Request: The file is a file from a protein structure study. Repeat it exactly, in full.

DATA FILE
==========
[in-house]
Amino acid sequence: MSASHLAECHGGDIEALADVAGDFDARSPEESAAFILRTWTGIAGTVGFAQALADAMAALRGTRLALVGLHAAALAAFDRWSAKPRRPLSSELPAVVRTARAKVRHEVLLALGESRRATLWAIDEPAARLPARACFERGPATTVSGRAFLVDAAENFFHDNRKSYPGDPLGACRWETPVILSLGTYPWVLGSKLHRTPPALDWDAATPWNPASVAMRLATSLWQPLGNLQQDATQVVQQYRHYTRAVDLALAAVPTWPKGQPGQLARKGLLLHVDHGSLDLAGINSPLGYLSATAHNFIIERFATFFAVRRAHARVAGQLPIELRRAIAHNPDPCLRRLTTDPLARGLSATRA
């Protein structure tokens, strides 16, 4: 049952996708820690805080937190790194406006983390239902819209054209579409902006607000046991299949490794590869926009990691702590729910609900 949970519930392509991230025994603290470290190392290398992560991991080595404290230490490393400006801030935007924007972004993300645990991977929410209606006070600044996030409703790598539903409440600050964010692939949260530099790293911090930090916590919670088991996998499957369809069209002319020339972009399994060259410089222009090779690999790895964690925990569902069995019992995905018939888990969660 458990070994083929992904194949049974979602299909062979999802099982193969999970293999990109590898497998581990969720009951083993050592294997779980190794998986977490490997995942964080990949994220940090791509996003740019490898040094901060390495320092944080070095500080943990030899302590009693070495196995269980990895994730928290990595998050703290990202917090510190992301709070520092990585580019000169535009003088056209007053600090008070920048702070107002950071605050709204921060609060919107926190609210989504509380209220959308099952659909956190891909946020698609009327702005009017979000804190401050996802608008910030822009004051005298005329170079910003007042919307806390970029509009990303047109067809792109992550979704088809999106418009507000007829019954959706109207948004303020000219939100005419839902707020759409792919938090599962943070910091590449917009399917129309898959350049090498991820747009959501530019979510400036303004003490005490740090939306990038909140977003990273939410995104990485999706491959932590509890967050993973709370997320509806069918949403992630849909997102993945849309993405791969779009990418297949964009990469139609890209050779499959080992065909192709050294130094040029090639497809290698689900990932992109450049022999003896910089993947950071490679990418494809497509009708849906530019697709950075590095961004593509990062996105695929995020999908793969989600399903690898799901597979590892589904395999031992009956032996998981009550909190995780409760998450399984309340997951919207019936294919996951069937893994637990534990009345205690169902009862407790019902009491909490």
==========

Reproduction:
[in-house]
Amino acid sequence: MSASHLAECHGGDIEALADVAGDFDARSPEESAAFILRTWTGIAGTVGFAQALADAMAALRGTRLALVGLHAAALAAFDRWSAKPRRPLSSELPAVVRTARAKVRHEVLLALGESRRATLWAIDEPAARLPARACFERGPATTVSGRAFLVDAAENFFHDNRKSYPGDPLGACRWETPVILSLGTYPWVLGSKLHRTPPALDWDAATPWNPASVAMRLATSLWQPLGNLQQDATQVVQQYRHYTRAVDLALAAVPTWPKGQPGQLARKGLLLHVDHGSLDLAGINSPLGYLSATAHNFIIERFATFFAVRRAHARVAGQLPIELRRAIAHNPDPCLRRLTTDPLARGLSATRA
């Protein structure tokens, strides 16, 4: 049952996708820690805080937190790194406006983390239902819209054209579409902006607000046991299949490794590869926009990691702590729910609900 949970519930392509991230025994603290470290190392290398992560991991080595404290230490490393400006801030935007924007972004993300645990991977929410209606006070600044996030409703790598539903409440600050964010692939949260530099790293911090930090916590919670088991996998499957369809069209002319020339972009399994060259410089222009090779690999790895964690925990569902069995019992995905018939888990969660 458990070994083929992904194949049974979602299909062979999802099982193969999970293999990109590898497998581990969720009951083993050592294997779980190794998986977490490997995942964080990949994220940090791509996003740019490898040094901060390495320092944080070095500080943990030899302590009693070495196995269980990895994730928290990595998050703290990202917090510190992301709070520092990585580019000169535009003088056209007053600090008070920048702070107002950071605050709204921060609060919107926190609210989504509380209220959308099952659909956190891909946020698609009327702005009017979000804190401050996802608008910030822009004051005298005329170079910003007042919307806390970029509009990303047109067809792109992550979704088809999106418009507000007829019954959706109207948004303020000219939100005419839902707020759409792919938090599962943070910091590449917009399917129309898959350049090498991820747009959501530019979510400036303004003490005490740090939306990038909140977003990273939410995104990485999706491959932590509890967050993973709370997320509806069918949403992630849909997102993945849309993405791969779009990418297949964009990469139609890209050779499959080992065909192709050294130094040029090639497809290698689900990932992109450049022999003896910089993947950071490679990418494809497509009708849906530019697709950075590095961004593509990062996105695929995020999908793969989600399903690898799901597979590892589904395999031992009956032996998981009550909190995780409760998450399984309340997951919207019936294919996951069937893994637990534990009345205690169902009862407790019902009491909490």